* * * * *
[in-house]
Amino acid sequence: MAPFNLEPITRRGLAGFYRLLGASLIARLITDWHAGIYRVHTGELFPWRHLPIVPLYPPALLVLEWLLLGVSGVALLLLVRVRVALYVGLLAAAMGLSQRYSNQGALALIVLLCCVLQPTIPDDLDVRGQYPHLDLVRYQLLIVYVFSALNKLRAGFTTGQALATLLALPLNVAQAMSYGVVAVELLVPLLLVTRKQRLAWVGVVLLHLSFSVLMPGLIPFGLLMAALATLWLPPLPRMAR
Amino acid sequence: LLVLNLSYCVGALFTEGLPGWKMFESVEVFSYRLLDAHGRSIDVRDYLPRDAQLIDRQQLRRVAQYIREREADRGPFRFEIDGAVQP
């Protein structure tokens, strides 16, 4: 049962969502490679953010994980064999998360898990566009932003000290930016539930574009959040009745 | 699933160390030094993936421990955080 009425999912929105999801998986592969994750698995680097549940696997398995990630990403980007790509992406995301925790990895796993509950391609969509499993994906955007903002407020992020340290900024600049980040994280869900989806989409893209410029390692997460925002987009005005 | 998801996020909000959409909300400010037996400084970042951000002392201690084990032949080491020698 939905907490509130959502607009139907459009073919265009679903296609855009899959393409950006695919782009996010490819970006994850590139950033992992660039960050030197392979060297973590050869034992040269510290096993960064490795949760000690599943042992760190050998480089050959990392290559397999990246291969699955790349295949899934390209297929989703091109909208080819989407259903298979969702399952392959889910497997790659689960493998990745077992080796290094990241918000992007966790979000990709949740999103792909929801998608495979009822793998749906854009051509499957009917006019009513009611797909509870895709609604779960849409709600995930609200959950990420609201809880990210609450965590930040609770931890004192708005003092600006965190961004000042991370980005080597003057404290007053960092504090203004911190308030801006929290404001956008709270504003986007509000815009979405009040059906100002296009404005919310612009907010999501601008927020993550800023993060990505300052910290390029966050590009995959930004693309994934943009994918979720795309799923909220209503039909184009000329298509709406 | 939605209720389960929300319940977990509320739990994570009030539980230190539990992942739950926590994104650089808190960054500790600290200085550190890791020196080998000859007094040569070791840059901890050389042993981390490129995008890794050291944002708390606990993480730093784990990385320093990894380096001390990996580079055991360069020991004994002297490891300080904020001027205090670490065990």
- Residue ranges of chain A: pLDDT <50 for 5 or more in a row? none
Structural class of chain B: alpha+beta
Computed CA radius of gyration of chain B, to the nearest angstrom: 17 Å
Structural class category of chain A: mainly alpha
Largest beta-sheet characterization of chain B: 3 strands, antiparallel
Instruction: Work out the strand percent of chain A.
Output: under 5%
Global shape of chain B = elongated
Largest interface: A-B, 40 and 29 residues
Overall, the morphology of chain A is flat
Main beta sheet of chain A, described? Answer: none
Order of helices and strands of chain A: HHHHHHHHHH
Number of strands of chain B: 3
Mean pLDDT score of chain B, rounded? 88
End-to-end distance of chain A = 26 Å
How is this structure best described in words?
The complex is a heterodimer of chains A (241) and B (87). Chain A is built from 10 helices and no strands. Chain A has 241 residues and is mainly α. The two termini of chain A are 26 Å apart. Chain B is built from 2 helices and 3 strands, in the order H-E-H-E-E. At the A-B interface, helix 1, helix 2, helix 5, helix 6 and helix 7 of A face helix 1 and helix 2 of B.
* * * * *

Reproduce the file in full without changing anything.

[in-house]
Amino acid sequence: MAPFNLEPITRRGLAGFYRLLGASLIARLITDWHAGIYRVHTGELFPWRHLPIVPLYPPALLVLEWLLLGVSGVALLLLVRVRVALYVGLLAAAMGLSQRYSNQGALALIVLLCCVLQPTIPDDLDVRGQYPHLDLVRYQLLIVYVFSALNKLRAGFTTGQALATLLALPLNVAQAMSYGVVAVELLVPLLLVTRKQRLAWVGVVLLHLSFSVLMPGLIPFGLLMAALATLWLPPLPRMAR
Amino acid sequence: LLVLNLSYCVGALFTEGLPGWKMFESVEVFSYRLLDAHGRSIDVRDYLPRDAQLIDRQQLRRVAQYIREREADRGPFRFEIDGAVQP
């Protein structure tokens, strides 16, 4: 049962969502490679953010994980064999998360898990566009932003000290930016539930574009959040009745 | 699933160390030094993936421990955080 009425999912929105999801998986592969994750698995680097549940696997398995990630990403980007790509992406995301925790990895796993509950391609969509499993994906955007903002407020992020340290900024600049980040994280869900989806989409893209410029390692997460925002987009005005 | 998801996020909000959409909300400010037996400084970042951000002392201690084990032949080491020698 939905907490509130959502607009139907459009073919265009679903296609855009899959393409950006695919782009996010490819970006994850590139950033992992660039960050030197392979060297973590050869034992040269510290096993960064490795949760000690599943042992760190050998480089050959990392290559397999990246291969699955790349295949899934390209297929989703091109909208080819989407259903298979969702399952392959889910497997790659689960493998990745077992080796290094990241918000992007966790979000990709949740999103792909929801998608495979009822793998749906854009051509499957009917006019009513009611797909509870895709609604779960849409709600995930609200959950990420609201809880990210609450965590930040609770931890004192708005003092600006965190961004000042991370980005080597003057404290007053960092504090203004911190308030801006929290404001956008709270504003986007509000815009979405009040059906100002296009404005919310612009907010999501601008927020993550800023993060990505300052910290390029966050590009995959930004693309994934943009994918979720795309799923909220209503039909184009000329298509709406 | 939605209720389960929300319940977990509320739990994570009030539980230190539990992942739950926590994104650089808190960054500790600290200085550190890791020196080998000859007094040569070791840059901890050389042993981390490129995008890794050291944002708390606990993480730093784990990385320093990894380096001390990996580079055991360069020991004994002297490891300080904020001027205090670490065990």
- Residue ranges of chain A: pLDDT <50 for 5 or more in a row? none
Structural class of chain B: alpha+beta
Computed CA radius of gyration of chain B, to the nearest angstrom: 17 Å
Structural class category of chain A: mainly alpha
Largest beta-sheet characterization of chain B: 3 strands, antiparallel
Instruction: Work out the strand percent of chain A.
Output: under 5%
Global shape of chain B = elongated
Largest interface: A-B, 40 and 29 residues
Overall, the morphology of chain A is flat
Main beta sheet of chain A, described? Answer: none
Order of helices and strands of chain A: HHHHHHHHHH
Number of strands of chain B: 3
Mean pLDDT score of chain B, rounded? 88
End-to-end distance of chain A = 26 Å
How is this structure best described in words?
The complex is a heterodimer of chains A (241) and B (87). Chain A is built from 10 helices and no strands. Chain A has 241 residues and is mainly α. The two termini of chain A are 26 Å apart. Chain B is built from 2 helices and 3 strands, in the order H-E-H-E-E. At the A-B interface, helix 1, helix 2, helix 5, helix 6 and helix 7 of A face helix 1 and helix 2 of B.